I leased a 2017 Subaru Outback Limited w/ Eyesight and Nav for $360 a month for 12k miles/ 36 months and $360 due at signing. Some will say this is stupid, but now I can just turn the car back in three years from now and enjoy a lower payment! I was about $1k underwater on my current loan.

So for $12,960, I get to drive a brand new car under warranty for 3 years. I could do this twice before it would make sense to buy and even then I would probably need a new car anyway. I really do not see a reason to finance a car unless you drive one for 10+ years and know how to do maintenance.
Is this the $36k car? How much is your residual/percentage? Looks like you're benefiting from a high residual value and near straight line depreciation. Did you figure out where they buried the $1k on the current loan? Would the payment have been $30 less if you got a lease anew?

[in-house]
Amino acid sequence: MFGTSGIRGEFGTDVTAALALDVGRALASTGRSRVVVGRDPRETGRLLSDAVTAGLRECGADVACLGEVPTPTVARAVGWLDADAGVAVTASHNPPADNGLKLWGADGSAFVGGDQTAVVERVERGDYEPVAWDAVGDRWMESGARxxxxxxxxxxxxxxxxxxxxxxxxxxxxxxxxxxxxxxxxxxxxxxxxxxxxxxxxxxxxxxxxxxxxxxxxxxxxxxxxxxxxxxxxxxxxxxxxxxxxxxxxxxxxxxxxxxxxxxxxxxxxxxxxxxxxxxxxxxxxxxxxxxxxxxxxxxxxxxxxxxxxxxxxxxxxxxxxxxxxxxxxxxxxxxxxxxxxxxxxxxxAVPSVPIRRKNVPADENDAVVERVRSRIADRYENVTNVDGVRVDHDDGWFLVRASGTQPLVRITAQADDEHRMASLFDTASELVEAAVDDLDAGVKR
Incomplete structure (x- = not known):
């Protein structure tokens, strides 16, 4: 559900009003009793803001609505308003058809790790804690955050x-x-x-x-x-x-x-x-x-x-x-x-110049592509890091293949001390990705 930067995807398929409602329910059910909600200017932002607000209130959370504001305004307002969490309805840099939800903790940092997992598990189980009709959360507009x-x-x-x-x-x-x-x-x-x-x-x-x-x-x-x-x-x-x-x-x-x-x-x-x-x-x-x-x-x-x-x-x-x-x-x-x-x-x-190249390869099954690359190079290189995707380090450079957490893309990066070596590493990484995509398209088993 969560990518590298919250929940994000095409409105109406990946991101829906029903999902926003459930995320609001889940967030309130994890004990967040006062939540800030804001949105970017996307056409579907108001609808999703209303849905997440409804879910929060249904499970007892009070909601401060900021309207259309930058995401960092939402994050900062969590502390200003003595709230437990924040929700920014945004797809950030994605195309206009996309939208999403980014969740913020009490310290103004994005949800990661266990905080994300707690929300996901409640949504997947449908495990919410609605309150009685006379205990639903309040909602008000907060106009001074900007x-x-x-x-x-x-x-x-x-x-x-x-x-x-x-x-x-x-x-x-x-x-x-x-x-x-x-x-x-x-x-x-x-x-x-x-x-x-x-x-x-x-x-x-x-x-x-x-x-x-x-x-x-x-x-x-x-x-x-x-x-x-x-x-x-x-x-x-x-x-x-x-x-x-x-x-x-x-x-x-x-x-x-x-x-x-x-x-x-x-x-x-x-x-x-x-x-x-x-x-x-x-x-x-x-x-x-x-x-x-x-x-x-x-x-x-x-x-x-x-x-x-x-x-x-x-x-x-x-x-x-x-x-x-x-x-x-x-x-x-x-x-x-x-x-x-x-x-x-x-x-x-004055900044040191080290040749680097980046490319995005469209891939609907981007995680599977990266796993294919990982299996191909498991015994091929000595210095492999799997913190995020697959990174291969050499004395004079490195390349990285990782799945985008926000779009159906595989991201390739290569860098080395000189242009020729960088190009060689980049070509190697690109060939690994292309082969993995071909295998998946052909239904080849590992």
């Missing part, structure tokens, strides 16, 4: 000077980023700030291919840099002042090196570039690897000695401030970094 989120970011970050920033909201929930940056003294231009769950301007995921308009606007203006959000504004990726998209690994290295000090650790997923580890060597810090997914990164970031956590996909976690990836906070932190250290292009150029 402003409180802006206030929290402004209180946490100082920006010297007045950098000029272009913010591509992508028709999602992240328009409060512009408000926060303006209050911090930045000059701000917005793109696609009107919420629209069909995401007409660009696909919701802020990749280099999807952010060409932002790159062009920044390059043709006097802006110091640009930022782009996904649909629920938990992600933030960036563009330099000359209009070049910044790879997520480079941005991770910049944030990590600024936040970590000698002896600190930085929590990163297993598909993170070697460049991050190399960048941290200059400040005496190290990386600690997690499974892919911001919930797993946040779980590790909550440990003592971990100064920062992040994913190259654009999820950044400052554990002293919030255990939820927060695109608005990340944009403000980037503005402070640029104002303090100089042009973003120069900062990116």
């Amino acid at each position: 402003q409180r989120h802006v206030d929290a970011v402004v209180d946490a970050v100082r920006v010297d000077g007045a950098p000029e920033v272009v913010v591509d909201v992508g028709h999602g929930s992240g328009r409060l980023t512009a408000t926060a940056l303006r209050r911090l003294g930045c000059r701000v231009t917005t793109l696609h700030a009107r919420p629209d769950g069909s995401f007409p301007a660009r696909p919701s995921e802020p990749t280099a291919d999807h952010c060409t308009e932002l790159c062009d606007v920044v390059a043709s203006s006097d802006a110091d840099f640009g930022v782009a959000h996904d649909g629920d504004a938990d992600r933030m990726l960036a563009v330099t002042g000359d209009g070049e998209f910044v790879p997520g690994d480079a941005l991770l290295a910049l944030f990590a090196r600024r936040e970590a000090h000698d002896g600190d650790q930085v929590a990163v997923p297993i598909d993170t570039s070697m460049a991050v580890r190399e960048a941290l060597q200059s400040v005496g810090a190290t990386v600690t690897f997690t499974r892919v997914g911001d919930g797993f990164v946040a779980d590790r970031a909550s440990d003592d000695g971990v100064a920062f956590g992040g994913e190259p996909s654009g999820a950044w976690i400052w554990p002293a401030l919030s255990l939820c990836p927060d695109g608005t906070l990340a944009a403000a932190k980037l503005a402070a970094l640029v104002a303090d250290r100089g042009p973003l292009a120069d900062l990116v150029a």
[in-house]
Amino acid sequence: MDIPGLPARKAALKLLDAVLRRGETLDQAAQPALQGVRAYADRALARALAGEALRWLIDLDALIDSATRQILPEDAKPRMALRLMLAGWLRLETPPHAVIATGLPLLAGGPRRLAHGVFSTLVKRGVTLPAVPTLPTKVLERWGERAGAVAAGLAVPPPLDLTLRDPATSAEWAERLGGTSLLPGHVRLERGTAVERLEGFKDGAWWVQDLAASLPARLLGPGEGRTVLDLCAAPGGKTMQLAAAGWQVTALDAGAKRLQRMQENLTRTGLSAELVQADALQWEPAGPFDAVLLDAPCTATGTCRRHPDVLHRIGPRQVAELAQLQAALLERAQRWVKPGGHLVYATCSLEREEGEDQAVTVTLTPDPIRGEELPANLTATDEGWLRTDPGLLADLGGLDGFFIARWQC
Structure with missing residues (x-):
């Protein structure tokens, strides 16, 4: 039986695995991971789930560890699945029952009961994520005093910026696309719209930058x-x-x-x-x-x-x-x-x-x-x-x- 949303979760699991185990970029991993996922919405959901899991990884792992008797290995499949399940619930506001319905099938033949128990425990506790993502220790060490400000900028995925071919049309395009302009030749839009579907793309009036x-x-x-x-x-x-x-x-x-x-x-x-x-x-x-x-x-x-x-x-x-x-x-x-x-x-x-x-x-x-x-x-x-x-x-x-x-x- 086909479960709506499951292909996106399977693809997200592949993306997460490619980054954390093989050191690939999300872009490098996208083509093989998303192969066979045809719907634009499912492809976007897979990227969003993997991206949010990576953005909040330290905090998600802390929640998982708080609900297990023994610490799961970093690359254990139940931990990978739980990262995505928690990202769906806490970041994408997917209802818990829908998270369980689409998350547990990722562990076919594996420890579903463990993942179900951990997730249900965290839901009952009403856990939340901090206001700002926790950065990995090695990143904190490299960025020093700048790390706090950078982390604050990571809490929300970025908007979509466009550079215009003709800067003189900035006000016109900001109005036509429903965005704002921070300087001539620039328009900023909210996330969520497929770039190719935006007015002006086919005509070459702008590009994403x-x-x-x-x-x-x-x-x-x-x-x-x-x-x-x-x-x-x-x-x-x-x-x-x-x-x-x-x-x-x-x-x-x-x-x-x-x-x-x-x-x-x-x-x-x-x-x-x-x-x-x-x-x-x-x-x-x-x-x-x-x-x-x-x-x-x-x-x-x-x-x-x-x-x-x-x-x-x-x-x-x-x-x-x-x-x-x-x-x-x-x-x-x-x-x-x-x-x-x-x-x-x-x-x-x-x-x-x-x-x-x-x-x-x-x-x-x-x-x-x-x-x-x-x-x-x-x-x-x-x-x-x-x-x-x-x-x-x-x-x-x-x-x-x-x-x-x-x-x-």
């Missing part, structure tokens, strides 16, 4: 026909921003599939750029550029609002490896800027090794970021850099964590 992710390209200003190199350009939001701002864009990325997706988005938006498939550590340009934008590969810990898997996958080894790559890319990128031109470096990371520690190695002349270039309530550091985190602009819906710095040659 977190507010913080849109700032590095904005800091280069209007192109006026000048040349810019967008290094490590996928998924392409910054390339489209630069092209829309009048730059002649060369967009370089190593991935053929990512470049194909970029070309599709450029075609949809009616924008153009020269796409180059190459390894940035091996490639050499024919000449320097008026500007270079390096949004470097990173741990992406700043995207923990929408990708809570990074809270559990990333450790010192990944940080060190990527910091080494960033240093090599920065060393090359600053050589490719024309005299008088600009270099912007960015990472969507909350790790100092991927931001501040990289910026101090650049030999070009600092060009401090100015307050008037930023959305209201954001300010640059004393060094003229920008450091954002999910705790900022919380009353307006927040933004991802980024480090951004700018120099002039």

visualguy wrote:
Sun Jul 02, 2017 1:13 am
Another factor right now is the move to electric cars. It's hard to decide to "commit" to an internal combustion car for 8+ years right now when some good electric alternatives seem to be just around the corner.
It's still going to take some time to ramp up, and if you find a good electric vehicle, you can still sell you car. The used car market for electric is going to lag a bit. In 8+ years, you'll probably still be an early adopter if you bought a plug in EV. It might go mainstream around 2025-2035 based on these projections.
https://www.forbes.com/sites/oppenheime ... ac00036ec5

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JupiterJones
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Location: Nashville, TN

Re: Lease New Car?

Post by JupiterJones » Fri Nov 03, 2017 8:53 am

thangngo wrote:
Sun Jul 02, 2017 4:37 pm
In my opinion, modern safety and technology is a lame excuse of keeping buying/lease new car every other 3 years.
Same here. If you buy a brand-new car with all the modern safety features, it doesn't suddenly become a deathtrap in 3 years when new safety technology comes out.